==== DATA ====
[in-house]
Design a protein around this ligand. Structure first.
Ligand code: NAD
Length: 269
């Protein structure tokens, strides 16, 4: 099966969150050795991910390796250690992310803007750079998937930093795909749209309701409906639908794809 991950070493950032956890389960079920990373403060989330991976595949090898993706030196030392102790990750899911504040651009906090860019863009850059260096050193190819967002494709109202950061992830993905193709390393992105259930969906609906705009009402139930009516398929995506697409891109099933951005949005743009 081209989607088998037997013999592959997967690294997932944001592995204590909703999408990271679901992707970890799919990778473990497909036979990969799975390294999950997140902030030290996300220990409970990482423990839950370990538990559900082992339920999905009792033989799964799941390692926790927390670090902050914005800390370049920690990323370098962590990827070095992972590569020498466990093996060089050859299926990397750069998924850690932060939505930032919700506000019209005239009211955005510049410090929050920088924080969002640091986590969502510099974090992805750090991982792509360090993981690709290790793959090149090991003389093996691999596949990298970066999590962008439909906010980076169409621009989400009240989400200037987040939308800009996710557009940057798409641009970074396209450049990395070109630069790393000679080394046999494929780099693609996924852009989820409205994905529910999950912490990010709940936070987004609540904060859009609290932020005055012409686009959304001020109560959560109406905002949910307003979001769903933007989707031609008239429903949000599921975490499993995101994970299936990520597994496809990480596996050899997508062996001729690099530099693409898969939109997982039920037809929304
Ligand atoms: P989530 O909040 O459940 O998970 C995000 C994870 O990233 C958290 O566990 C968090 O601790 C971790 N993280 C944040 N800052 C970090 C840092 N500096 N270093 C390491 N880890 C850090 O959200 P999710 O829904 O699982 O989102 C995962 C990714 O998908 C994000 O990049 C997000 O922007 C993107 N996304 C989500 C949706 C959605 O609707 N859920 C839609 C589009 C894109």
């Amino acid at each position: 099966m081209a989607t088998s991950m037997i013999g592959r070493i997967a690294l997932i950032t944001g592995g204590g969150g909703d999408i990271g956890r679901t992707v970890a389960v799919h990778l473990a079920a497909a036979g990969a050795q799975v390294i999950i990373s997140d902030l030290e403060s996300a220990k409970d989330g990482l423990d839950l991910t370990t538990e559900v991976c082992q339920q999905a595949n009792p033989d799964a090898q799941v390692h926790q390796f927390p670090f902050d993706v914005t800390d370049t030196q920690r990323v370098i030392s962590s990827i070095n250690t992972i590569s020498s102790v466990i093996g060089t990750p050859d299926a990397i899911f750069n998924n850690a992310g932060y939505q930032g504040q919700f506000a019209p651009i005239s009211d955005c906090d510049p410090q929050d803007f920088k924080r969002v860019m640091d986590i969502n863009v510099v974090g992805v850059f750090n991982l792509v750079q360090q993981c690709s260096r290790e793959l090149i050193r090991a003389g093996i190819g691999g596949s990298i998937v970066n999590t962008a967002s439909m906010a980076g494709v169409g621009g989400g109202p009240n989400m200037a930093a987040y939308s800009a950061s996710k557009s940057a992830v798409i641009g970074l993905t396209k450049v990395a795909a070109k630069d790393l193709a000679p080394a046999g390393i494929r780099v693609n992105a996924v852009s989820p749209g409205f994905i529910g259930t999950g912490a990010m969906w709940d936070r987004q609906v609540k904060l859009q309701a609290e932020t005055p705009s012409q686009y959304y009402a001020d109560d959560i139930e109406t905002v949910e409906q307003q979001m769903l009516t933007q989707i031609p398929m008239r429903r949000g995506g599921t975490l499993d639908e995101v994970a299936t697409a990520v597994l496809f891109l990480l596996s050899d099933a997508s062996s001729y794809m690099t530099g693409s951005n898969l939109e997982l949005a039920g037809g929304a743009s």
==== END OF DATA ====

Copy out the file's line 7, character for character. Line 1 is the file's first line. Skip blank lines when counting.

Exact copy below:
């Amino acid at each position: 099966m081209a989607t088998s991950m037997i013999g592959r070493i997967a690294l997932i950032t944001g592995g204590g969150g909703d999408i990271g956890r679901t992707v970890a389960v799919h990778l473990a079920a497909a036979g990969a050795q799975v390294i999950i990373s997140d902030l030290e403060s996300a220990k409970d989330g990482l423990d839950l991910t370990t538990e559900v991976c082992q339920q999905a595949n009792p033989d799964a090898q799941v390692h926790q390796f927390p670090f902050d993706v914005t800390d370049t030196q920690r990323v370098i030392s962590s990827i070095n250690t992972i590569s020498s102790v466990i093996g060089t990750p050859d299926a990397i899911f750069n998924n850690a992310g932060y939505q930032g504040q919700f506000a019209p651009i005239s009211d955005c906090d510049p410090q929050d803007f920088k924080r969002v860019m640091d986590i969502n863009v510099v974090g992805v850059f750090n991982l792509v750079q360090q993981c690709s260096r290790e793959l090149i050193r090991a003389g093996i190819g691999g596949s990298i998937v970066n999590t962008a967002s439909m906010a980076g494709v169409g621009g989400g109202p009240n989400m200037a930093a987040y939308s800009a950061s996710k557009s940057a992830v798409i641009g970074l993905t396209k450049v990395a795909a070109k630069d790393l193709a000679p080394a046999g390393i494929r780099v693609n992105a996924v852009s989820p749209g409205f994905i529910g259930t999950g912490a990010m969906w709940d936070r987004q609906v609540k904060l859009q309701a609290e932020t005055p705009s012409q686009y959304y009402a001020d109560d959560i139930e109406t905002v949910e409906q307003q979001m769903l009516t933007q989707i031609p398929m008239r429903r949000g995506g599921t975490l499993d639908e995101v994970a299936t697409a990520v597994l496809f891109l990480l596996s050899d099933a997508s062996s001729y794809m690099t530099g693409s951005n898969l939109e997982l949005a039920g037809g929304a743009s």